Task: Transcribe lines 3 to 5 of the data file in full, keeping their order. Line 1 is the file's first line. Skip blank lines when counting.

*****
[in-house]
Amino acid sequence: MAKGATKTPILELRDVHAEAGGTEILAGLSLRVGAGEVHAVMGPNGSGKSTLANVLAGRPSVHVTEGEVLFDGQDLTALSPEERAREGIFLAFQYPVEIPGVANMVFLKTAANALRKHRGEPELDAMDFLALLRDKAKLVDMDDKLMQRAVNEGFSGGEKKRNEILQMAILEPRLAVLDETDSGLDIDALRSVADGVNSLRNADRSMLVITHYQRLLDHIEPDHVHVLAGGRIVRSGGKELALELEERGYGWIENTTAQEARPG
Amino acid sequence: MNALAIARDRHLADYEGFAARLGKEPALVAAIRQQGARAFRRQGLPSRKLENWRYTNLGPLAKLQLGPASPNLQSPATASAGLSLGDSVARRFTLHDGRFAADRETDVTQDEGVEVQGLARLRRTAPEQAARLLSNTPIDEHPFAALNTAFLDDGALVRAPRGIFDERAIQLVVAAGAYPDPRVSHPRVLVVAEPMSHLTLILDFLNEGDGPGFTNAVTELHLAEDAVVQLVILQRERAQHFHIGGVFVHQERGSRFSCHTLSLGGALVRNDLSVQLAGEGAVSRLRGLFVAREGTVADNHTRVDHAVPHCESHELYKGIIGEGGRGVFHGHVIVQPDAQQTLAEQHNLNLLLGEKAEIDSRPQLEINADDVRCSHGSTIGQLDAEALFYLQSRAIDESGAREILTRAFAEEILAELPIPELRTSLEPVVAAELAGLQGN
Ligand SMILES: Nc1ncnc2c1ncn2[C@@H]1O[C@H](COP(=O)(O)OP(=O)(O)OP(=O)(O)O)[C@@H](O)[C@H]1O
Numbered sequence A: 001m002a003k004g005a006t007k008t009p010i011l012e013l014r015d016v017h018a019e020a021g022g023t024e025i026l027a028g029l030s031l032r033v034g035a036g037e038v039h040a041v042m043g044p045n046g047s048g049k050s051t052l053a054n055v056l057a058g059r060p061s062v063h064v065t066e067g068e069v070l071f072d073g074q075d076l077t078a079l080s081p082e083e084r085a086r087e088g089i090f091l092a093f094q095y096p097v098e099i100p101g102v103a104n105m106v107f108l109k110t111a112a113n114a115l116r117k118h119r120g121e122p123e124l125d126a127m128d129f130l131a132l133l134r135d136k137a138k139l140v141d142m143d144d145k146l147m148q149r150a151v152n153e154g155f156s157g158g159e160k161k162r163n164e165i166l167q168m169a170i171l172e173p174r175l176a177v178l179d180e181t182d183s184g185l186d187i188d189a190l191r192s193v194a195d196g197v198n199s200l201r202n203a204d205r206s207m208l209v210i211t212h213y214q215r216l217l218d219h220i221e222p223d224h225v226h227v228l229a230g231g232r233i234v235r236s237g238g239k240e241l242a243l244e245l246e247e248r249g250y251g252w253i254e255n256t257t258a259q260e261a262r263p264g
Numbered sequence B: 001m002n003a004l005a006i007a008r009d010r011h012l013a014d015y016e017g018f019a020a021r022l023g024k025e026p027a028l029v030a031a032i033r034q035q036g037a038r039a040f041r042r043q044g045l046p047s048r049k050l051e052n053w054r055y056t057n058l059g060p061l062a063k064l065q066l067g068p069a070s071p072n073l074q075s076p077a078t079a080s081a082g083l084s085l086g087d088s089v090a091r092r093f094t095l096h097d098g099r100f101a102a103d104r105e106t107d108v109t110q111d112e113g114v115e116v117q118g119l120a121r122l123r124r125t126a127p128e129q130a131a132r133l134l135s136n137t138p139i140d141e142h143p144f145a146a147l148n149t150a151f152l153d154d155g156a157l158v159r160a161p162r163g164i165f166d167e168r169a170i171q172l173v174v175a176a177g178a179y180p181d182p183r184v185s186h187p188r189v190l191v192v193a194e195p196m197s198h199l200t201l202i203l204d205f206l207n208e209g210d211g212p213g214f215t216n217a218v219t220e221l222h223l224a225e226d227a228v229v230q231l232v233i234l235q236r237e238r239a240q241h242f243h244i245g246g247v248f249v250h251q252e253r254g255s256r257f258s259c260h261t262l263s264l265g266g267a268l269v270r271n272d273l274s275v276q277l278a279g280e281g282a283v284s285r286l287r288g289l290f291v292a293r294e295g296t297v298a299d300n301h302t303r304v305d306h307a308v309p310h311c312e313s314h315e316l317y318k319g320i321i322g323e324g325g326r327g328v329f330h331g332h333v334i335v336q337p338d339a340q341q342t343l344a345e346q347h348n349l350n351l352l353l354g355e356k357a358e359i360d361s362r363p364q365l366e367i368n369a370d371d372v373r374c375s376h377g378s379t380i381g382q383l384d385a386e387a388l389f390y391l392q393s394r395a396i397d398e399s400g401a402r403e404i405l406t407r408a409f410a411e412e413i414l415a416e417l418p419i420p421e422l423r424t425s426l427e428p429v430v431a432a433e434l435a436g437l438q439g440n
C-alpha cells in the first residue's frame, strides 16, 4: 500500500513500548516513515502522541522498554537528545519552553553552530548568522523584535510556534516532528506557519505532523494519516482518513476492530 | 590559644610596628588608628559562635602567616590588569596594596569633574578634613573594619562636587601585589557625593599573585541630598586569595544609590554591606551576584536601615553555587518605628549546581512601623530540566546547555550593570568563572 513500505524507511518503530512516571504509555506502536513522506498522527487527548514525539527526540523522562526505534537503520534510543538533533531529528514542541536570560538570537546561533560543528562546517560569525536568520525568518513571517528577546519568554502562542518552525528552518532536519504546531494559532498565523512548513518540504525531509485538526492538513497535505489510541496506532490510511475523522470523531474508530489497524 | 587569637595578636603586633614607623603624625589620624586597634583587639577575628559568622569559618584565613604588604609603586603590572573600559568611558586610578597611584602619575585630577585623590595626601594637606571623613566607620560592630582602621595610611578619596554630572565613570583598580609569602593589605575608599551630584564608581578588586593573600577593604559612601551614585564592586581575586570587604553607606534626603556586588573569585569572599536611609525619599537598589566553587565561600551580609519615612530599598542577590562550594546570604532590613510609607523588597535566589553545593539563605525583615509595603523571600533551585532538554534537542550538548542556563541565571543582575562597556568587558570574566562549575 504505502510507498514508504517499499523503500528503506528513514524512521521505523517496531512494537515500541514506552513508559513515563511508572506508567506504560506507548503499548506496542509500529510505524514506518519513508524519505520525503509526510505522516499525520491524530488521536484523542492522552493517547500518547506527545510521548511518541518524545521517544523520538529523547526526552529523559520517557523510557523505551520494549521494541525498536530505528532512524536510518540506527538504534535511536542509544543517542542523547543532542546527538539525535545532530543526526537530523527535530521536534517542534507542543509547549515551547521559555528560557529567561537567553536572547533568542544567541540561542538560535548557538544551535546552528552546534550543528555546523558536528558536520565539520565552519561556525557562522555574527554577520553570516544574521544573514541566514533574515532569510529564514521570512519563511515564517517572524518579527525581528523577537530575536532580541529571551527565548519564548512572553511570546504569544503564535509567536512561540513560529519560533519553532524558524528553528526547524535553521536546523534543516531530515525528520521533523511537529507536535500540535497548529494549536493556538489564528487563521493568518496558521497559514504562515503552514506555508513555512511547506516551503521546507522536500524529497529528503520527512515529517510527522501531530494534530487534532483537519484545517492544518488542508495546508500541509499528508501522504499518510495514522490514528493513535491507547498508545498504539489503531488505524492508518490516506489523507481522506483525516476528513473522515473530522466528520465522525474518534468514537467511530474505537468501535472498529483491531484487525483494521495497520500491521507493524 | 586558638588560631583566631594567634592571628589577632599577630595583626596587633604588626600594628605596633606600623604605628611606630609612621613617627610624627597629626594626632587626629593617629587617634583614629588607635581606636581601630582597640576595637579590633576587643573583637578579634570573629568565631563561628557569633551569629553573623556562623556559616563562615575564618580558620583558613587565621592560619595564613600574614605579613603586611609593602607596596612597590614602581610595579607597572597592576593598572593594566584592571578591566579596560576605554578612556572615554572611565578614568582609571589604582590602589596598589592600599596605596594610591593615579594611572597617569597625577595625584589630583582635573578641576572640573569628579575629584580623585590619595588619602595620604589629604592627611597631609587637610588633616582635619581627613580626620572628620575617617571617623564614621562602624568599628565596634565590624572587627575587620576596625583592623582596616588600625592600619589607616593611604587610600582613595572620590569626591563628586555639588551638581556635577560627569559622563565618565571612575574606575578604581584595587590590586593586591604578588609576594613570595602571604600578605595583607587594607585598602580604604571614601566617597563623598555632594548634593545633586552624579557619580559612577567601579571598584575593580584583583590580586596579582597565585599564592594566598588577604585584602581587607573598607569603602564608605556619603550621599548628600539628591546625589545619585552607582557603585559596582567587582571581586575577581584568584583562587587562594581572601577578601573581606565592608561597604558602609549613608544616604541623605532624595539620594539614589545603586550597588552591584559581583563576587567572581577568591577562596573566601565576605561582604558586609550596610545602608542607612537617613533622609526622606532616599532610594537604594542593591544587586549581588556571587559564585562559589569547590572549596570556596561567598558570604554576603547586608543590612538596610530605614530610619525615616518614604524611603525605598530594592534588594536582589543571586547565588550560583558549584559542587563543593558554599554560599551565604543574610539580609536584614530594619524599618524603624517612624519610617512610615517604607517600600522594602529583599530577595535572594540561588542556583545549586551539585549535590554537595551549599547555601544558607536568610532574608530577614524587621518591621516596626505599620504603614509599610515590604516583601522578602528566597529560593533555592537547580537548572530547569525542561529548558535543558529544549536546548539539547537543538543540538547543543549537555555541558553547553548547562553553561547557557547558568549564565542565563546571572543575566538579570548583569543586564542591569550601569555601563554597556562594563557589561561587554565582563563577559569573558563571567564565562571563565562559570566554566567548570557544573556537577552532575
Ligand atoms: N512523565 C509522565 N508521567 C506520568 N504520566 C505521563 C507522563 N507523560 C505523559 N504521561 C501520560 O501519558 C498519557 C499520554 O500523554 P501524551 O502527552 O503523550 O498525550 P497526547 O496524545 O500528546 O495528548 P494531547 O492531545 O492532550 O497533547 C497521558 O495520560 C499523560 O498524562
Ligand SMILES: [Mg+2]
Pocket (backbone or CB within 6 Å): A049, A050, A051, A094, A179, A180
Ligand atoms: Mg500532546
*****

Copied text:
Amino acid sequence: MNALAIARDRHLADYEGFAARLGKEPALVAAIRQQGARAFRRQGLPSRKLENWRYTNLGPLAKLQLGPASPNLQSPATASAGLSLGDSVARRFTLHDGRFAADRETDVTQDEGVEVQGLARLRRTAPEQAARLLSNTPIDEHPFAALNTAFLDDGALVRAPRGIFDERAIQLVVAAGAYPDPRVSHPRVLVVAEPMSHLTLILDFLNEGDGPGFTNAVTELHLAEDAVVQLVILQRERAQHFHIGGVFVHQERGSRFSCHTLSLGGALVRNDLSVQLAGEGAVSRLRGLFVAREGTVADNHTRVDHAVPHCESHELYKGIIGEGGRGVFHGHVIVQPDAQQTLAEQHNLNLLLGEKAEIDSRPQLEINADDVRCSHGSTIGQLDAEALFYLQSRAIDESGAREILTRAFAEEILAELPIPELRTSLEPVVAAELAGLQGN
Ligand SMILES: Nc1ncnc2c1ncn2[C@@H]1O[C@H](COP(=O)(O)OP(=O)(O)OP(=O)(O)O)[C@@H](O)[C@H]1O
Numbered sequence A: 001m002a003k004g005a006t007k008t009p010i011l012e013l014r015d016v017h018a019e020a021g022g023t024e025i026l027a028g029l030s031l032r033v034g035a036g037e038v039h040a041v042m043g044p045n046g047s048g049k050s051t052l053a054n055v056l057a058g059r060p061s062v063h064v065t066e067g068e069v070l071f072d073g074q075d076l077t078a079l080s081p082e083e084r085a086r087e088g089i090f091l092a093f094q095y096p097v098e099i100p101g102v103a104n105m106v107f108l109k110t111a112a113n114a115l116r117k118h119r120g121e122p123e124l125d126a127m128d129f130l131a132l133l134r135d136k137a138k139l140v141d142m143d144d145k146l147m148q149r150a151v152n153e154g155f156s157g158g159e160k161k162r163n164e165i166l167q168m169a170i171l172e173p174r175l176a177v178l179d180e181t182d183s184g185l186d187i188d189a190l191r192s193v194a195d196g197v198n199s200l201r202n203a204d205r206s207m208l209v210i211t212h213y214q215r216l217l218d219h220i221e222p223d224h225v226h227v228l229a230g231g232r233i234v235r236s237g238g239k240e241l242a243l244e245l246e247e248r249g250y251g252w253i254e255n256t257t258a259q260e261a262r263p264g